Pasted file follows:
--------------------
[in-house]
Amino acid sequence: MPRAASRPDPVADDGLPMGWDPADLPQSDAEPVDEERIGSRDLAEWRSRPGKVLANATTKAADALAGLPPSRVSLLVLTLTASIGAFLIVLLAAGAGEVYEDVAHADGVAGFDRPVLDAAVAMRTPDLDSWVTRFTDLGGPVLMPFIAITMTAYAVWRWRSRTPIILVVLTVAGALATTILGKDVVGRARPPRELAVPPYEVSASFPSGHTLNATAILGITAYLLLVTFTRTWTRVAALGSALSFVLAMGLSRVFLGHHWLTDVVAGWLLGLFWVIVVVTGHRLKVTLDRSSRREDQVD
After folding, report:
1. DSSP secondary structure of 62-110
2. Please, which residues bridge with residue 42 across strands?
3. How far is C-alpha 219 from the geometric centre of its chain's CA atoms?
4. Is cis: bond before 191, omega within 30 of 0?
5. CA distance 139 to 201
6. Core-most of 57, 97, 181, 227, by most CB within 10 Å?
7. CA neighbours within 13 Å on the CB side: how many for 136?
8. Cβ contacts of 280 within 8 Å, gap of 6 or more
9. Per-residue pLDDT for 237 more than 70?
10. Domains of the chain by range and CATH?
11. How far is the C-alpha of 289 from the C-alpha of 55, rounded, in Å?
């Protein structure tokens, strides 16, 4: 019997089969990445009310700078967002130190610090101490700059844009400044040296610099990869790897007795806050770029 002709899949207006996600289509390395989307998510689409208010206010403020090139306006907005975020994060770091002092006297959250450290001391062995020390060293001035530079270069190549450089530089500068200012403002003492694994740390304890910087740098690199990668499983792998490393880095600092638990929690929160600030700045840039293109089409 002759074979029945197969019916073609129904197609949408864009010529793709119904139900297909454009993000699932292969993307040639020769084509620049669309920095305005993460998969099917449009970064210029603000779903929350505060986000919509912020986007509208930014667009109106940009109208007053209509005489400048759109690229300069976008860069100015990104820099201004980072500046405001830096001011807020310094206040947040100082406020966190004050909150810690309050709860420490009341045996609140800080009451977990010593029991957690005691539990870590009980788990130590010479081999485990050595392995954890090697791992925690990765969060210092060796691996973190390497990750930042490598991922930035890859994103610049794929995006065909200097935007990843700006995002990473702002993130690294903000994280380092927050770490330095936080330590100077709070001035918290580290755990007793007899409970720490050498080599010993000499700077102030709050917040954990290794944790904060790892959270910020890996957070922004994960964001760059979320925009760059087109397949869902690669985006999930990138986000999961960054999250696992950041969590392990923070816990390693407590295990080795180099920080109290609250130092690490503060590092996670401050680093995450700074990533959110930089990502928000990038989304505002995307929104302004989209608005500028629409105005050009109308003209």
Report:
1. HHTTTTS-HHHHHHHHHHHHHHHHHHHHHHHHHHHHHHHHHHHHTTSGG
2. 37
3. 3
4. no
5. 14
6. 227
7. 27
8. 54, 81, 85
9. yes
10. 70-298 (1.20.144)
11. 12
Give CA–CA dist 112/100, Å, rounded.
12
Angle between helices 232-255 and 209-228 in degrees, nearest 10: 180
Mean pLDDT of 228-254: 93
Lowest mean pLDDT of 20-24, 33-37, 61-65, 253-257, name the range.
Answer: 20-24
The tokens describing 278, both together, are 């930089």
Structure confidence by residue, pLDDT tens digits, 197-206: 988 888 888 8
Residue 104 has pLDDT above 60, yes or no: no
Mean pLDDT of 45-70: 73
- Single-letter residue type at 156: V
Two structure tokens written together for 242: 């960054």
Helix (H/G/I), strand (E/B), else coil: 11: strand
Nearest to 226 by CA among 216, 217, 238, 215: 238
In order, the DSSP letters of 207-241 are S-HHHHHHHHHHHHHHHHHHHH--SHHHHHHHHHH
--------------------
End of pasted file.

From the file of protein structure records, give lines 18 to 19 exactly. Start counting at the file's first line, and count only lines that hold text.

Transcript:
2. 37
3. 3